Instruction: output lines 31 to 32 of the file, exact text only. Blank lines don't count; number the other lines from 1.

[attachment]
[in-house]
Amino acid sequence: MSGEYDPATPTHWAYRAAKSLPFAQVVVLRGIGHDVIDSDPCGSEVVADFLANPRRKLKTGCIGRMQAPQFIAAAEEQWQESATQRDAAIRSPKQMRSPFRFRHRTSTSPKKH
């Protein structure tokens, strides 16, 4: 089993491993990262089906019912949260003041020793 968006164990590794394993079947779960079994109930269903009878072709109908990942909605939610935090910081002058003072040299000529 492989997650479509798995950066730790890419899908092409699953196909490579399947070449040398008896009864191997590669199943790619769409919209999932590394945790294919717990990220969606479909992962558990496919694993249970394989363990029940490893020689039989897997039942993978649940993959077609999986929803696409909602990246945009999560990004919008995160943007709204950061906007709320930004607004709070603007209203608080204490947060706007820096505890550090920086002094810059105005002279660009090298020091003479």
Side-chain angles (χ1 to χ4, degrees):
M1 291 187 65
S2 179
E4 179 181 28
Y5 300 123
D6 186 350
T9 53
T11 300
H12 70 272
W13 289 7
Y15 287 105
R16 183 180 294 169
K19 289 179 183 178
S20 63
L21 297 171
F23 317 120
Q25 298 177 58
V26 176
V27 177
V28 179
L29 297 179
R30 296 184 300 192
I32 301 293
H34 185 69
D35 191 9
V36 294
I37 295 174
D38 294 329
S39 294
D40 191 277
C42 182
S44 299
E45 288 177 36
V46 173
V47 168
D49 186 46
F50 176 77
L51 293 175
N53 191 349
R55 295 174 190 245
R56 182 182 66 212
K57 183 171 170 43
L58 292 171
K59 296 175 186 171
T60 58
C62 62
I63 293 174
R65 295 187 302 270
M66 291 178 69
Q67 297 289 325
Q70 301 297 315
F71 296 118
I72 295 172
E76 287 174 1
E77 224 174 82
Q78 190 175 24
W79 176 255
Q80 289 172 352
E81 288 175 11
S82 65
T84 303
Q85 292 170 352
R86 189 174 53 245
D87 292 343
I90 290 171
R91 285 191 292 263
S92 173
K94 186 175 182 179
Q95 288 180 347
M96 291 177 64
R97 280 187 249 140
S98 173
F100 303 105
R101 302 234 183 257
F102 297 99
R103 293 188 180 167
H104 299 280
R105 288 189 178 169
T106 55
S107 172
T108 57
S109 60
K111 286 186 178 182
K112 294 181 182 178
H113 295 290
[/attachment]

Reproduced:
D38 294 329
S39 294